The audio file for this article was produced by the Ceramic Arts Network staff and not read by the author.

Ceramics Monthly: How do you come up with the forms and surfaces that are prevalent in your work?

Jing Huang: I draw inspiration from the landscape of my hometown of Guilin, the scholar’s rock in my culture, and my early experiences practicing traditional Chinese painting and calligraphy. Instead of the linear way of making a sculpture from a sketch, design, or prototype, I handbuild my work part by part without a blueprint and assemble them together once I have plenty of components. For a sculpture that needs to stand upright, it is my intention to build it horizontally from the beginning to achieve an unknown structure.

Reminiscent of the ways of using color in Chinese painting, such as color washes, wet underpainting, and layers of color, my work is also comprised of multiple layers of ceramic materials, using a soft color palette and velvety glaze surfaces to mimic the Chinese pigments: azure blue, gamboge, malachite, and ochre. I fire my sculptures suspended on stilts, letting glazes run and pool with gravity and form, inviting a sense of nature and flow into the work.

1 Given, 3 ft. 6 in. (1.1 m) in height, handbuilt stoneware, glaze, fired to cone 04 in oxidation, slow cooled, painted MDF board, 2019. 2 Clouds Flow, 28 in. (71 cm) in width, handbuilt stoneware, glaze, fired to cone 04 in oxidation, slow cooled, 2021.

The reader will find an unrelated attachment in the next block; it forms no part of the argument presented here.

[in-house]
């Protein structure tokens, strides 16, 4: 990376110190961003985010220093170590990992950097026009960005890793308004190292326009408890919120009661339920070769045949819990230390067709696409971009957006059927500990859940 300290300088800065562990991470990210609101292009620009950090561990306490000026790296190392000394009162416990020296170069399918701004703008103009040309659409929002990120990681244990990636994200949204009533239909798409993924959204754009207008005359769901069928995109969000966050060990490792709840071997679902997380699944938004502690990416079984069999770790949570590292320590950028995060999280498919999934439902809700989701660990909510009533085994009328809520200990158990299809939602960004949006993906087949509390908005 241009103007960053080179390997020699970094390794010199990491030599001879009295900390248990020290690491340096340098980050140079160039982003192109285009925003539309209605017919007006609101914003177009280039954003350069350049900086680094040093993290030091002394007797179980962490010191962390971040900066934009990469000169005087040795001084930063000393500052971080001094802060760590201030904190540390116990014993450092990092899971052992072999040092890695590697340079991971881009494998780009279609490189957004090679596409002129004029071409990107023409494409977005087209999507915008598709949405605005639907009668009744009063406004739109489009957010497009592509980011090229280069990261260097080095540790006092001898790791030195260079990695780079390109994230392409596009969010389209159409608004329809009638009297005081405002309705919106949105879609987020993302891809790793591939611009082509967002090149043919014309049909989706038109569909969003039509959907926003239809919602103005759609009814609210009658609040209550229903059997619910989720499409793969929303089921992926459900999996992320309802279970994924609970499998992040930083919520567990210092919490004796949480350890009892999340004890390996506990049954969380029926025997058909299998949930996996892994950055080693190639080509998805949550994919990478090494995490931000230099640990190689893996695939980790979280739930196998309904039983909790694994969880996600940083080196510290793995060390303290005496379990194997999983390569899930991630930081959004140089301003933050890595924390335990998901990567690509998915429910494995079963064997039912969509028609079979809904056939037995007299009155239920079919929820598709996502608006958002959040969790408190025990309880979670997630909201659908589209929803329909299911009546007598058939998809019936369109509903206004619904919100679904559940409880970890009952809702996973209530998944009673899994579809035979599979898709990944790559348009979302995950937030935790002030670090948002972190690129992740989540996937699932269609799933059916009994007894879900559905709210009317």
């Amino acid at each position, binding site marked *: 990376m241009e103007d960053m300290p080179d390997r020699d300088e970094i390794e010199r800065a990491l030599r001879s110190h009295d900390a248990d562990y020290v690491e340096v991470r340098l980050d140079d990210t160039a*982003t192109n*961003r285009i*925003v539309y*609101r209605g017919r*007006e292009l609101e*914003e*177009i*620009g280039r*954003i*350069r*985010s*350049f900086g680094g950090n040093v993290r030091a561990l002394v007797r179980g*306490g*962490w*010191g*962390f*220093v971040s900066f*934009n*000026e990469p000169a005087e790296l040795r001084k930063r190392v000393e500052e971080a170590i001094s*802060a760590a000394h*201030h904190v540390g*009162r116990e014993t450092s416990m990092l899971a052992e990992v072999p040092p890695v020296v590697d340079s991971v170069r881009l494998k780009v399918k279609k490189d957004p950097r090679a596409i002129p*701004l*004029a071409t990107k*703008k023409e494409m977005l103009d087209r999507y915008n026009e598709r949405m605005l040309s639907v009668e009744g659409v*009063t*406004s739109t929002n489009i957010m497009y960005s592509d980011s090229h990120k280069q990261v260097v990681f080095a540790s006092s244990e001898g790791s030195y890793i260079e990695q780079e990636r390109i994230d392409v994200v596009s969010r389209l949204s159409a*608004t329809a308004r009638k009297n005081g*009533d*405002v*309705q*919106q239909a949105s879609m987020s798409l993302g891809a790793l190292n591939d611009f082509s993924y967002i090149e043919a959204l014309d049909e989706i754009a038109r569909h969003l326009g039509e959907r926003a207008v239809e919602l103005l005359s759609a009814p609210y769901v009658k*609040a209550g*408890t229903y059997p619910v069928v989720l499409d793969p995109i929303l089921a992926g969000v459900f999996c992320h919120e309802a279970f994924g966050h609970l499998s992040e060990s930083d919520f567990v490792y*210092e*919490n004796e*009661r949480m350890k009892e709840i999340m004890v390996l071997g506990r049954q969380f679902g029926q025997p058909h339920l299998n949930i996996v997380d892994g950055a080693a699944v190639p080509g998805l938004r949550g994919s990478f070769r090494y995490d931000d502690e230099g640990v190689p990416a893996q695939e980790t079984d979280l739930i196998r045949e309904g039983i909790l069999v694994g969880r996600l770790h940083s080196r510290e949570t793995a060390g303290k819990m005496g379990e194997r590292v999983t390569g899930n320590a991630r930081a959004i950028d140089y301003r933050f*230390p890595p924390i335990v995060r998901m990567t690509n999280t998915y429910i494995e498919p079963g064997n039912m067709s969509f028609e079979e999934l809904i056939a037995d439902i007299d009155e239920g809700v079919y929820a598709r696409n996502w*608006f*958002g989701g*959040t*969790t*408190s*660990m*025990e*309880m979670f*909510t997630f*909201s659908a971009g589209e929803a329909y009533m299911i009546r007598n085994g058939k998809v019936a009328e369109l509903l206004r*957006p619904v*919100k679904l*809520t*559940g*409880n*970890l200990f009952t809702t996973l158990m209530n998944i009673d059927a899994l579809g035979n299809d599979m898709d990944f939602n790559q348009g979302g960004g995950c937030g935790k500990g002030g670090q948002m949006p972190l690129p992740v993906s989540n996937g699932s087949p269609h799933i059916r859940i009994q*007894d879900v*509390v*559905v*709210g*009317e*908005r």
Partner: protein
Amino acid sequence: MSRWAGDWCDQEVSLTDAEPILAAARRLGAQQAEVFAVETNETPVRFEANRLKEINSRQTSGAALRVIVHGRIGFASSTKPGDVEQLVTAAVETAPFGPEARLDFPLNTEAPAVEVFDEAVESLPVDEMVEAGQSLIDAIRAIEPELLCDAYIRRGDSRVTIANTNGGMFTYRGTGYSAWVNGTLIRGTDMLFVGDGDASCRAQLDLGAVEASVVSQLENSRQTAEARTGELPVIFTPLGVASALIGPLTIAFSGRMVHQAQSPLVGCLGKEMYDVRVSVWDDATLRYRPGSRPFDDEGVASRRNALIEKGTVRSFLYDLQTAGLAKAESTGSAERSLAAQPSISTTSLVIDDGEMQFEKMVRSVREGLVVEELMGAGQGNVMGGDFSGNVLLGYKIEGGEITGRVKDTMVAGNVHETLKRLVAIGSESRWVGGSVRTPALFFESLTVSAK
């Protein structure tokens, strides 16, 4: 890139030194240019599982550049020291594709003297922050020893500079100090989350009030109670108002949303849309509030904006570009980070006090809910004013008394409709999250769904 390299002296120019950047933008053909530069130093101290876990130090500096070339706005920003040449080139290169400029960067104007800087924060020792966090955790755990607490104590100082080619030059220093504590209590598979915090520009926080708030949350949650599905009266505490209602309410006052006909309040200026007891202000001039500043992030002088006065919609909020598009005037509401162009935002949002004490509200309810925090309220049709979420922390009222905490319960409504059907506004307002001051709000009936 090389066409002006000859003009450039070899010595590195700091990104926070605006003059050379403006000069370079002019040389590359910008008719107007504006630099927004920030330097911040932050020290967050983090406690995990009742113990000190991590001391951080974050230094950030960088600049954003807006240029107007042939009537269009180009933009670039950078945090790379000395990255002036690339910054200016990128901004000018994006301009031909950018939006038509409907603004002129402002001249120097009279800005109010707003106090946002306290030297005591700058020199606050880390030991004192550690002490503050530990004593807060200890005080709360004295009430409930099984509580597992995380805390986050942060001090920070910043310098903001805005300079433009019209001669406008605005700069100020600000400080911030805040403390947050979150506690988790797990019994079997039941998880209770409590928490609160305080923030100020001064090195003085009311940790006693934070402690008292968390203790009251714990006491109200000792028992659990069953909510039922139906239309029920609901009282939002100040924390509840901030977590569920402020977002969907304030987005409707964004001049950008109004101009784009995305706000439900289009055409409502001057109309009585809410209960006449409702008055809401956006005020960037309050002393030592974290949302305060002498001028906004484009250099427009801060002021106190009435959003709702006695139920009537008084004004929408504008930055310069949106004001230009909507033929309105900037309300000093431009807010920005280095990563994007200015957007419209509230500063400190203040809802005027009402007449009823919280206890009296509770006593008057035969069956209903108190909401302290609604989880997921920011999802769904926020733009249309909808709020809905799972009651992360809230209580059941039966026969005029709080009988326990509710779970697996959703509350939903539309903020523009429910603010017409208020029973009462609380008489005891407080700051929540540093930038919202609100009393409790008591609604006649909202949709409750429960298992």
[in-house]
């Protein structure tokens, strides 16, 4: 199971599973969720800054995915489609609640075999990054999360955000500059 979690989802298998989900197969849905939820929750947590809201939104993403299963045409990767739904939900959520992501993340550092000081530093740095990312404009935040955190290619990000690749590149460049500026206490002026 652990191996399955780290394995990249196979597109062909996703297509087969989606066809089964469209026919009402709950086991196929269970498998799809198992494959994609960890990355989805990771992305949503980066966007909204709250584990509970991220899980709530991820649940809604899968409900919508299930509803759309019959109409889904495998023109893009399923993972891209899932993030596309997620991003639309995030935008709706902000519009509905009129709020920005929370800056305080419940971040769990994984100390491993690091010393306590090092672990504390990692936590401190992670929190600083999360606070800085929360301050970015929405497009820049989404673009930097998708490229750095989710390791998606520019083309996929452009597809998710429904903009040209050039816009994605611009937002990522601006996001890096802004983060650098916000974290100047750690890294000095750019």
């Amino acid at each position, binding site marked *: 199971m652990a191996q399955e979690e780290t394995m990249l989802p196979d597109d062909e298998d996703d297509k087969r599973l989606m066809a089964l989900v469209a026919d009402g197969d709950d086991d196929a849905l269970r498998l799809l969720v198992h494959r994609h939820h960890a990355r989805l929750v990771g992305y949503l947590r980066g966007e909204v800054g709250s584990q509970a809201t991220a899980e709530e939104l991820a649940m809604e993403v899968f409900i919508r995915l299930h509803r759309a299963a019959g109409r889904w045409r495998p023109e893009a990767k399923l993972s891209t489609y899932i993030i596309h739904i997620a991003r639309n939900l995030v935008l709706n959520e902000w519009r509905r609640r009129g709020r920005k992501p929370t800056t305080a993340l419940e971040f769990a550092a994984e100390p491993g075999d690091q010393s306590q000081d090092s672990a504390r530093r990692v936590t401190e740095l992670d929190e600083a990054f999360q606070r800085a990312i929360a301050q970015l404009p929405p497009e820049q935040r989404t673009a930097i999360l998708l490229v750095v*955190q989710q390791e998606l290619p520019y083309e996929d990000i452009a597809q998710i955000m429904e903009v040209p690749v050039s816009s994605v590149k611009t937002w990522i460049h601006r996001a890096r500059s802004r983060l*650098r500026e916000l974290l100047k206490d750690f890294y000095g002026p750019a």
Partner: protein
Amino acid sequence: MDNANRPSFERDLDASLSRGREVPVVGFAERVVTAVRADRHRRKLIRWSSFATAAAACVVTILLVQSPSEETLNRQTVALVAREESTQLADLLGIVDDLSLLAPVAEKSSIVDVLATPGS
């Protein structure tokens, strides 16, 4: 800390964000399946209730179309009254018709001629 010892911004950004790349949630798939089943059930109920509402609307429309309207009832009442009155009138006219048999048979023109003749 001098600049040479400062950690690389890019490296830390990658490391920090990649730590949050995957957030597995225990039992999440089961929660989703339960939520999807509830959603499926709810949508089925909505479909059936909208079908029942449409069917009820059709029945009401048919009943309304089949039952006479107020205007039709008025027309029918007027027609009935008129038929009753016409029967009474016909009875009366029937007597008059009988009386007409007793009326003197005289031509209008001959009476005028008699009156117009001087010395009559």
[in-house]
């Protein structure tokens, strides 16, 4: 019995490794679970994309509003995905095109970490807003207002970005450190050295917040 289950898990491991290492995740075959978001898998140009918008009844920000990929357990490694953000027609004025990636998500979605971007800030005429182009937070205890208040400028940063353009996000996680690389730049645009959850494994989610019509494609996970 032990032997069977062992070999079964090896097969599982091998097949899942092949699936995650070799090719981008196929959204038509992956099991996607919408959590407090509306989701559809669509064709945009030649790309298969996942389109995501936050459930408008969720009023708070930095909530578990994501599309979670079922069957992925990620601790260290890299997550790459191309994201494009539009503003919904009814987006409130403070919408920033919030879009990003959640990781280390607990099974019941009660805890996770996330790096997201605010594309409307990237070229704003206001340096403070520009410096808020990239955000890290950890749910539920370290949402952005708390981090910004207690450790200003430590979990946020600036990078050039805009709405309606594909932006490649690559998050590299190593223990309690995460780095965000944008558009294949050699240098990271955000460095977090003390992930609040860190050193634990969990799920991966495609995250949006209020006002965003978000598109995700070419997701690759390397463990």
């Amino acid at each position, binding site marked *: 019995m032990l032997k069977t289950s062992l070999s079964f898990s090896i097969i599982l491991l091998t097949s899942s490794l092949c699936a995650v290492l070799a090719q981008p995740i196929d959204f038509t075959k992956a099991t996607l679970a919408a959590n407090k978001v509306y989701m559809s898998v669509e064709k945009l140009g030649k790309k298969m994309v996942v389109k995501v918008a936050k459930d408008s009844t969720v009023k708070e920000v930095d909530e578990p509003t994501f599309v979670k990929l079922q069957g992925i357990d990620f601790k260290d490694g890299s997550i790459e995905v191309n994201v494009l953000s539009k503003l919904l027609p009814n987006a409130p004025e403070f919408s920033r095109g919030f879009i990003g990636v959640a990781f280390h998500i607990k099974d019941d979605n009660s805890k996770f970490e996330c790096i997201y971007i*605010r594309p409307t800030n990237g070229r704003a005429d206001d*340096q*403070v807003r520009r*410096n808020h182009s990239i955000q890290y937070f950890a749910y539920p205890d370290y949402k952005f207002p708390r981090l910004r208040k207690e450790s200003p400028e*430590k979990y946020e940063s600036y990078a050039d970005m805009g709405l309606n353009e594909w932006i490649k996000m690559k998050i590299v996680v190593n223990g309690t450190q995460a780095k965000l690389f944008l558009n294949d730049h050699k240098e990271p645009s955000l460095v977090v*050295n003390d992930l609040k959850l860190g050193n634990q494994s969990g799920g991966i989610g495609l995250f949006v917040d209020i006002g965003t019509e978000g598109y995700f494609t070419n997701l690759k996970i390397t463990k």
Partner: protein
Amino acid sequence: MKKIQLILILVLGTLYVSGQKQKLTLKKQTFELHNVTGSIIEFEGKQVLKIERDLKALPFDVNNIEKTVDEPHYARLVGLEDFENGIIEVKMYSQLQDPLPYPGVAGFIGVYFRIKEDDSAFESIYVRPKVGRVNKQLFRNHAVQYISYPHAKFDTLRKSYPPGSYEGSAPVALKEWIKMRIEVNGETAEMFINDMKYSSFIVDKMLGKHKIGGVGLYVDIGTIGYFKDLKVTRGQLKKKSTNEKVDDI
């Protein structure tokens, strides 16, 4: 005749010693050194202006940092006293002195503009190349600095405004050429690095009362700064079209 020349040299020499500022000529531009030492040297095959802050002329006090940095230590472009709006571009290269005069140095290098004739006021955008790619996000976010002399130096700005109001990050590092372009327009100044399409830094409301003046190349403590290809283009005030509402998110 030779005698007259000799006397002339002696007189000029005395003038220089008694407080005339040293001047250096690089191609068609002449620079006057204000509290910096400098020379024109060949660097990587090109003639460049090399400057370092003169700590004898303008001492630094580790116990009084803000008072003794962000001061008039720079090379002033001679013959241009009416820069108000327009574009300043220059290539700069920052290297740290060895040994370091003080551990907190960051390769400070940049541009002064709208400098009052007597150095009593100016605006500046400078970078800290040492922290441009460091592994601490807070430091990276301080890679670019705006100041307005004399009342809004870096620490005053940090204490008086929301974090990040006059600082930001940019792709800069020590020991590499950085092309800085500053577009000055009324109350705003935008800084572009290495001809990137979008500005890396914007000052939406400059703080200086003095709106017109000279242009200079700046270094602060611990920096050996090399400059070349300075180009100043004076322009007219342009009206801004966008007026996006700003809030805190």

This unconventional and unpredictable way of making and glazing was developed through tireless experimentation during my graduate studies at Alfred University. In 2019, I spent an entire semester experimenting with different materials and processes, attempting to create works that moved beyond my imagination. Many of my pieces have the potential to stand in various ways. During the process of making, firing, and installing, the position of my work shifts and changes, to contribute new gestures and unique scenery. I pull elements apart from the past and rebuild them back together in the present. I approach this system as a way to rethink and rediscover my past to create new meaning.

CM: What excites you about the field of ceramics?

JH: Unlike languages, clay is a universal vehicle that allows me to express myself without barriers. I believe that ceramics can bring people together and unite us. I see more and more people sharing their voices through this medium from their distinct perspectives and experiences. My diasporic experience of traveling and living in different cultures has taught me how the power of interacting in diverse communities can affect an individual’s growth, values, mindset, and creativity.

The inclusion and diversity in the field of ceramics give me a sense of belonging. Everyone, regardless of their race, age, gender, or background, can enrich the existing conversation in the contemporary ceramic world by bringing their unique vision of living, working, and making meaning in the world. This diversity of perspectives excites me and inspires me to push the boundaries of what is possible in ceramics.

Topics: Ceramic Artists